Elizabeth asks about watering by the moon:
Our reply: Watering is more necessary in the growth periods which are marked, and ease off during the dormant times. Water root crops more during the root crop growing period and above ground plants during the prolific growth period for above ground/leafy plants and shrubs.
As a general rule, if plants are wilting they need water whatever time of the month (unless it’s a case of them being too wet and they have root rot).


Simon asks: I recently purchased your Moon Calendar. Its simplicity makes it beautiful. However, you have peas and beans to be sown in First Quarter, i.e. as the moon is waxing. Although they are above ground crops, I’ve heard that peas and beans are the exception to the rule, and should be planted on the WANING moon.

Our reply: Growing for a market garden, we tested the periods ourselves with scarlet runner beans and found they germinated and grew about 5cm overnight in the prolific growing time and didn’t take off for a while in the wanning moon. Others may treat them as a root crop because of the nitrogen fixing bacteria in their roots – which may the case if you are planning to plough them in as a green manure crop. Also beans and peas should not be watered after planting but just placed in damp soil – as they rot easily (the wanning period is generally drier). In our opinion, faster germination is more important, which is what happens in the above ground period. Perhaps test it for yourself in each period and see what happens.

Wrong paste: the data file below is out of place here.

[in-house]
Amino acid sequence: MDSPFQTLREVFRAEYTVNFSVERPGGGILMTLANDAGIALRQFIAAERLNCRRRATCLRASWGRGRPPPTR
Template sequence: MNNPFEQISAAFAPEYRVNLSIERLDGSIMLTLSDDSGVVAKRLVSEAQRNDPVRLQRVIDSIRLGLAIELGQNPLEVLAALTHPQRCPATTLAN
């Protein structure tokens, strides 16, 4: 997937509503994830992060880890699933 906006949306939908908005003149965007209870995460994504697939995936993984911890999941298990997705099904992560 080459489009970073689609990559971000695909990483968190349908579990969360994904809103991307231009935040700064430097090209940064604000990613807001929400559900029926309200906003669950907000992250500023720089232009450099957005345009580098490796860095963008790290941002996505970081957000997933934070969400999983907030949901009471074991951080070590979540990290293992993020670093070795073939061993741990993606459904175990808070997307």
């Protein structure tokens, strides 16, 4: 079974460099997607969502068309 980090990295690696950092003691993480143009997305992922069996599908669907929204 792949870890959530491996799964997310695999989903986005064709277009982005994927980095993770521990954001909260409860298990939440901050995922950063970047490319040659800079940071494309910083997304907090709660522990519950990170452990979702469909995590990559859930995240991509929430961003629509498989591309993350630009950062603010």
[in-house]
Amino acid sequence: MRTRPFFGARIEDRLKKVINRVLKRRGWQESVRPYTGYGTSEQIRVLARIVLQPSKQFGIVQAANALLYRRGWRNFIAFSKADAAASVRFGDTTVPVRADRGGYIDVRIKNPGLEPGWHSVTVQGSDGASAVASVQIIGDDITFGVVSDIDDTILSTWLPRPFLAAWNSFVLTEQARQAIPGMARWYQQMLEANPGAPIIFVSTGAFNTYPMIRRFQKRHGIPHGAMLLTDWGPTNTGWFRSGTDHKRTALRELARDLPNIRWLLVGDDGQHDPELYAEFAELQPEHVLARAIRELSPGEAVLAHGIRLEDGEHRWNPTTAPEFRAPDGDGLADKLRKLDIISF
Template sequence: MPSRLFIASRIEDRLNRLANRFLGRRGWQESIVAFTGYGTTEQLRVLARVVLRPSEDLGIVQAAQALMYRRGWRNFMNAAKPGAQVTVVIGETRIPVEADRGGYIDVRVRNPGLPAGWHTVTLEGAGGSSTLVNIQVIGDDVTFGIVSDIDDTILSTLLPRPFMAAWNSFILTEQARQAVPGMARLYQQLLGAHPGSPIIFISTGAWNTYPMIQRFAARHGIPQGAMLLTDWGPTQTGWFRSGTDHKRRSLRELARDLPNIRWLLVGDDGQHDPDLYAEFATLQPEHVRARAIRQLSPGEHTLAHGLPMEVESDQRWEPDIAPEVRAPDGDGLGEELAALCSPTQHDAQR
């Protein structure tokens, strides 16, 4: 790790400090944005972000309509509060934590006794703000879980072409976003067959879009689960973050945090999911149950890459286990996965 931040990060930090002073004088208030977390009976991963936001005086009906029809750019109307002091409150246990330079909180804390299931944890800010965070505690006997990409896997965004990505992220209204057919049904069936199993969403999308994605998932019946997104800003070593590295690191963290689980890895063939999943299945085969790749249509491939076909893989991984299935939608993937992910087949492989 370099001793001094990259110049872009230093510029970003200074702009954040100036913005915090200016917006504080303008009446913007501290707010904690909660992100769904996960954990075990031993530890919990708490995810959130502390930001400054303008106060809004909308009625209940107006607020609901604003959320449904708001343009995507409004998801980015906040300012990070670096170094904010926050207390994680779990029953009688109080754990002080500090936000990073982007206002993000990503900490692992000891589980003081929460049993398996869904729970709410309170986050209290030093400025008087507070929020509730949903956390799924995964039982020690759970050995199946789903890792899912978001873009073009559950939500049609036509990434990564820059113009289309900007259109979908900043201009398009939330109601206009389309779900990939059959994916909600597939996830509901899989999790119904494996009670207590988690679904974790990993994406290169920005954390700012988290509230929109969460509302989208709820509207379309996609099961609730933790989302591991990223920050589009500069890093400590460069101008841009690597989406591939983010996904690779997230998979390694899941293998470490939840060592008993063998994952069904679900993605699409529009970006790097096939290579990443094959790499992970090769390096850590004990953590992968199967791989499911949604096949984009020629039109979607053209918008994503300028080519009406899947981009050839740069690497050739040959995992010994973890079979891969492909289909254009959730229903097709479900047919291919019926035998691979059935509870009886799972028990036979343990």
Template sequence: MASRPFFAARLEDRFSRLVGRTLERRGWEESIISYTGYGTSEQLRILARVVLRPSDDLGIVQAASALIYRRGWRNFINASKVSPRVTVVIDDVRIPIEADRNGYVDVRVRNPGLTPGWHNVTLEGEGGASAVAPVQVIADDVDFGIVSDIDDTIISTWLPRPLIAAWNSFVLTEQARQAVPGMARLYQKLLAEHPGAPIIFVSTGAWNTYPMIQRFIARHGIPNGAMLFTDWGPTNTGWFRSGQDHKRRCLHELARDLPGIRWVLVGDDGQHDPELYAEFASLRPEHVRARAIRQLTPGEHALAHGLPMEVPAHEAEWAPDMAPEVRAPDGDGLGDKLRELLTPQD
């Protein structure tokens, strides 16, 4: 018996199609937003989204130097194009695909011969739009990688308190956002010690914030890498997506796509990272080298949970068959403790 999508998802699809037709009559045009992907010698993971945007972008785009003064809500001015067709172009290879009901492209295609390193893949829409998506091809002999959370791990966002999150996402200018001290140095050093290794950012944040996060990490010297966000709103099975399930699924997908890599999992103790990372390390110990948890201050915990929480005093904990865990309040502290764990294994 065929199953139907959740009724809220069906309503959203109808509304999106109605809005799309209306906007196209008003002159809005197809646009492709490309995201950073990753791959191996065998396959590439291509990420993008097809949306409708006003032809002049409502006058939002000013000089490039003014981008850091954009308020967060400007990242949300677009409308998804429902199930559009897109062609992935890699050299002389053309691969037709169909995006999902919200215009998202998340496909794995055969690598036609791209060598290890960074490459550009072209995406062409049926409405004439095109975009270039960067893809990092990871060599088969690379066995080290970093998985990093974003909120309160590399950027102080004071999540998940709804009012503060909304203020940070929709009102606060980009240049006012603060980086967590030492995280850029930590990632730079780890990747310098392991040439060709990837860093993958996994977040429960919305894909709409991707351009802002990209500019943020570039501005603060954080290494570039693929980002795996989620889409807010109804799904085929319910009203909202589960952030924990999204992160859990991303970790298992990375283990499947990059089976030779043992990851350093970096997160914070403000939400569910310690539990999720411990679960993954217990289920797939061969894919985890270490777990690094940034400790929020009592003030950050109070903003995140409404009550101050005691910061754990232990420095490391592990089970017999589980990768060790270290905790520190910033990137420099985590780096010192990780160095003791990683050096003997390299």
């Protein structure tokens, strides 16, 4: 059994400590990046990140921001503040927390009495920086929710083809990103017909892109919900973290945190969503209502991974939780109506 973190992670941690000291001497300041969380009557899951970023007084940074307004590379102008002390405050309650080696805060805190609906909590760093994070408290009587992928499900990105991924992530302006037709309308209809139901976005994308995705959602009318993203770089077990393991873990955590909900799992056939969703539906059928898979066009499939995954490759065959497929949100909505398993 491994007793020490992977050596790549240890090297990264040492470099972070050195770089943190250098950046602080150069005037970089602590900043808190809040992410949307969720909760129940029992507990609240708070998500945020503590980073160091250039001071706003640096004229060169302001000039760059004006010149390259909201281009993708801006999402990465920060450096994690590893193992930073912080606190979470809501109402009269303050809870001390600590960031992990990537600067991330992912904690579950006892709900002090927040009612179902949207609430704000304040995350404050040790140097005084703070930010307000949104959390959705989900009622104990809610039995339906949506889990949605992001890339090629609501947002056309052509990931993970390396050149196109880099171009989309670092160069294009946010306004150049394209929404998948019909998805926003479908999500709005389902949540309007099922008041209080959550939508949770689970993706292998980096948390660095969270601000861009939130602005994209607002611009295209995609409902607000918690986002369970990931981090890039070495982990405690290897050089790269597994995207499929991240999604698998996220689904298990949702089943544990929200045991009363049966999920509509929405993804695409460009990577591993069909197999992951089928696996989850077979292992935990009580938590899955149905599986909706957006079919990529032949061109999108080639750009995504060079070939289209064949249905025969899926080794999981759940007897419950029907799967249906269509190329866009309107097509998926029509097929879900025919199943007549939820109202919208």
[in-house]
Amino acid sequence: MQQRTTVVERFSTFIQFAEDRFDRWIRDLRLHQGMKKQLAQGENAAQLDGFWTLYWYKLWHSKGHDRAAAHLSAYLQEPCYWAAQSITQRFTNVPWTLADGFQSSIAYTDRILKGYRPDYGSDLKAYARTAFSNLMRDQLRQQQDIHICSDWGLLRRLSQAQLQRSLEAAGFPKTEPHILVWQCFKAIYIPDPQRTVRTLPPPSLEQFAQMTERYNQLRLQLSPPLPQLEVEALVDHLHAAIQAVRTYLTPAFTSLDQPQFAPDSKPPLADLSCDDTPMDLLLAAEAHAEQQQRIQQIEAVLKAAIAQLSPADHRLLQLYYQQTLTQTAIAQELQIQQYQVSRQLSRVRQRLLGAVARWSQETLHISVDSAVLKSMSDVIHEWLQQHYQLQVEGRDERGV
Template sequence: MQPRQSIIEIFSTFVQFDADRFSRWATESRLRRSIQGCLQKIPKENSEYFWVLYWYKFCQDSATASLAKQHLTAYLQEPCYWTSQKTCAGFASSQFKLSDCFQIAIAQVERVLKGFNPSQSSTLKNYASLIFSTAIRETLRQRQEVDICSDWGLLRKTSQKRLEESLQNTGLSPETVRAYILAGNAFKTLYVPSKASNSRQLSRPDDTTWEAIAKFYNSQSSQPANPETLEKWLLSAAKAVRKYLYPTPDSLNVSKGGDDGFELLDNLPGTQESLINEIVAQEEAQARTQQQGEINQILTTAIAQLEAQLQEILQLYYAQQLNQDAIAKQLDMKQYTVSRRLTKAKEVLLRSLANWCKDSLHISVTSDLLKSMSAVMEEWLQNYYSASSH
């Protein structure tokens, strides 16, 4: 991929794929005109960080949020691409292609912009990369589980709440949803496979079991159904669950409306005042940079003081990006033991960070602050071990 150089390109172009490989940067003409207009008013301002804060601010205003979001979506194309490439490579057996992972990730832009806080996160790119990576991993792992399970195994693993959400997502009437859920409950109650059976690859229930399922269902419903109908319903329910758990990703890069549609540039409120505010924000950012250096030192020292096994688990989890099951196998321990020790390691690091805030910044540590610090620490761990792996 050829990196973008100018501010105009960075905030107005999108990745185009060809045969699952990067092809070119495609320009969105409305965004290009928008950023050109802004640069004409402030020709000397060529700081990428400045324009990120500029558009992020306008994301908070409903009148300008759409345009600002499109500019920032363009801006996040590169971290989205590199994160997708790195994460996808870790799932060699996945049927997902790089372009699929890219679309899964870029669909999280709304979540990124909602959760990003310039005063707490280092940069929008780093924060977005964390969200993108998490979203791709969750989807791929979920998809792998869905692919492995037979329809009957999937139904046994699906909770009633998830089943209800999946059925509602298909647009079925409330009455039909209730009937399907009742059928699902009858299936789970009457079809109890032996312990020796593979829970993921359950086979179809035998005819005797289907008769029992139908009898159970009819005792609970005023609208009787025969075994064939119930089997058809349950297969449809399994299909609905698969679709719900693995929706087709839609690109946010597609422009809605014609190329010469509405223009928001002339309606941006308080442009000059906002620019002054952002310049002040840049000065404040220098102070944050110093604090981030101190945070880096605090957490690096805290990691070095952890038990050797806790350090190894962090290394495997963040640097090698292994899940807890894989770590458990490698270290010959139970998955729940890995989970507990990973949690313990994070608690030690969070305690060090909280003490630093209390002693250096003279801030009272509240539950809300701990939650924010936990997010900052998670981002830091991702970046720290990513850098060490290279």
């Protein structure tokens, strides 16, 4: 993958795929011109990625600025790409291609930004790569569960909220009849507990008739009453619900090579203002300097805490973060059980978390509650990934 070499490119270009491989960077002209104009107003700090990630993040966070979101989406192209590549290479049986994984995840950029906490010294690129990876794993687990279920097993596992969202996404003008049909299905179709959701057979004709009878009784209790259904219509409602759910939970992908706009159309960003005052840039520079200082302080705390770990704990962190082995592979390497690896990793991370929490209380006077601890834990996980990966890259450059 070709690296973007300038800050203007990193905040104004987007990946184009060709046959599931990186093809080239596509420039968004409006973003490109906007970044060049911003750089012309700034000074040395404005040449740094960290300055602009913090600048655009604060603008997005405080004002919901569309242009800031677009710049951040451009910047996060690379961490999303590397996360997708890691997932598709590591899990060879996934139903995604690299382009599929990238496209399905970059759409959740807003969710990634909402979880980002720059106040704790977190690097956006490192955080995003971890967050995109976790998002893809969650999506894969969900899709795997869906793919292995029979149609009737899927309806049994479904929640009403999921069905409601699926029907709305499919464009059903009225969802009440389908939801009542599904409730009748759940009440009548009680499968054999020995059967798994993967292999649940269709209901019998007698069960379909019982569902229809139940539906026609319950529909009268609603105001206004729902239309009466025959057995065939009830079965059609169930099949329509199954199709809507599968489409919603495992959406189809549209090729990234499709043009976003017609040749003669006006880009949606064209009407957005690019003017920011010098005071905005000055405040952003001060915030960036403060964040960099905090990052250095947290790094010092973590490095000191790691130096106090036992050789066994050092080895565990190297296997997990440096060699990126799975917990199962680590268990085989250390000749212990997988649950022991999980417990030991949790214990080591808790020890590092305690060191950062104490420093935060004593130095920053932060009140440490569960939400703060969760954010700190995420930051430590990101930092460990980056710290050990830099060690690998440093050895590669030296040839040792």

Marjorie asks: If a plant has been started in a small pot at the correct planting time and is now large enough to put into the garden without disturbing its roots does the right planting phase matter?

Our reply: We prefer to transplant in the prolific growth period as the plant is more supported in getting established in the new position. The rising vitality period/second root crop period just before the new moon is a second choice if the plant is becoming too large to wait another week. The Dormant period is not recommended as the plant will just sit in the ground anyway and is more likely to get root rot than if it stayed in its pot – it will put more stress on it by transplanting. But common sense also comes into it and if you are unable to plant later then do what you can. The recommendations will help reduce plant stress, but if it is too hard to strictly follow don’t stress yourself 🙂 For root crops, eg heliconias, gingers, bulbs, transplant during the favourable time for them.